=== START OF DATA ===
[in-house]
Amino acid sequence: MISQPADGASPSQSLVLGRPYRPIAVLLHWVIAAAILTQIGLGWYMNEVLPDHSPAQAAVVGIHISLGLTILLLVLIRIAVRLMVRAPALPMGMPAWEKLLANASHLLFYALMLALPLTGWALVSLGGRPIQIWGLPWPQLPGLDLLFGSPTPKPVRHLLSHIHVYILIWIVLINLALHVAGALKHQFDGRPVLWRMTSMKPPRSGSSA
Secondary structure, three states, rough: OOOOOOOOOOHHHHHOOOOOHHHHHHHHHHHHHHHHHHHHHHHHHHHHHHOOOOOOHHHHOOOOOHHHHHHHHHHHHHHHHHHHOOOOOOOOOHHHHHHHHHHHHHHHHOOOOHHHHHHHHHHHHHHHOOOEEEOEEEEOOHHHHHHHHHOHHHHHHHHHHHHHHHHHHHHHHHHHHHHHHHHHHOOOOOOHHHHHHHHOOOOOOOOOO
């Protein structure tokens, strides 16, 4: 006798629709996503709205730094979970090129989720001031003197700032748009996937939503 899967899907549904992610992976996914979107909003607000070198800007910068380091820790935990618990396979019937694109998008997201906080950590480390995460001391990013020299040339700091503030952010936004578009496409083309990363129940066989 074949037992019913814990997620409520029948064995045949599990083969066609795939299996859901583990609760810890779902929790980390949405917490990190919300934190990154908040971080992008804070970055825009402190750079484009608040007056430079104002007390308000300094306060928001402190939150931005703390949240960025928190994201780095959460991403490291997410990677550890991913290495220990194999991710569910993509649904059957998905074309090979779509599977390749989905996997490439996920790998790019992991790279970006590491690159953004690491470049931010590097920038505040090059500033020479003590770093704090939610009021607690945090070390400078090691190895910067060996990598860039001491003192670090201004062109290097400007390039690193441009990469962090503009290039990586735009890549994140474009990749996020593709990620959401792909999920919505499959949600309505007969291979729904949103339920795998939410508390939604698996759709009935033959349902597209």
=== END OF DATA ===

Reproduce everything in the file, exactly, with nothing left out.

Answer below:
[in-house]
Amino acid sequence: MISQPADGASPSQSLVLGRPYRPIAVLLHWVIAAAILTQIGLGWYMNEVLPDHSPAQAAVVGIHISLGLTILLLVLIRIAVRLMVRAPALPMGMPAWEKLLANASHLLFYALMLALPLTGWALVSLGGRPIQIWGLPWPQLPGLDLLFGSPTPKPVRHLLSHIHVYILIWIVLINLALHVAGALKHQFDGRPVLWRMTSMKPPRSGSSA
Secondary structure, three states, rough: OOOOOOOOOOHHHHHOOOOOHHHHHHHHHHHHHHHHHHHHHHHHHHHHHHOOOOOOHHHHOOOOOHHHHHHHHHHHHHHHHHHHOOOOOOOOOHHHHHHHHHHHHHHHHOOOOHHHHHHHHHHHHHHHOOOEEEOEEEEOOHHHHHHHHHOHHHHHHHHHHHHHHHHHHHHHHHHHHHHHHHHHHOOOOOOHHHHHHHHOOOOOOOOOO
């Protein structure tokens, strides 16, 4: 006798629709996503709205730094979970090129989720001031003197700032748009996937939503 899967899907549904992610992976996914979107909003607000070198800007910068380091820790935990618990396979019937694109998008997201906080950590480390995460001391990013020299040339700091503030952010936004578009496409083309990363129940066989 074949037992019913814990997620409520029948064995045949599990083969066609795939299996859901583990609760810890779902929790980390949405917490990190919300934190990154908040971080992008804070970055825009402190750079484009608040007056430079104002007390308000300094306060928001402190939150931005703390949240960025928190994201780095959460991403490291997410990677550890991913290495220990194999991710569910993509649904059957998905074309090979779509599977390749989905996997490439996920790998790019992991790279970006590491690159953004690491470049931010590097920038505040090059500033020479003590770093704090939610009021607690945090070390400078090691190895910067060996990598860039001491003192670090201004062109290097400007390039690193441009990469962090503009290039990586735009890549994140474009990749996020593709990620959401792909999920919505499959949600309505007969291979729904949103339920795998939410508390939604698996759709009935033959349902597209």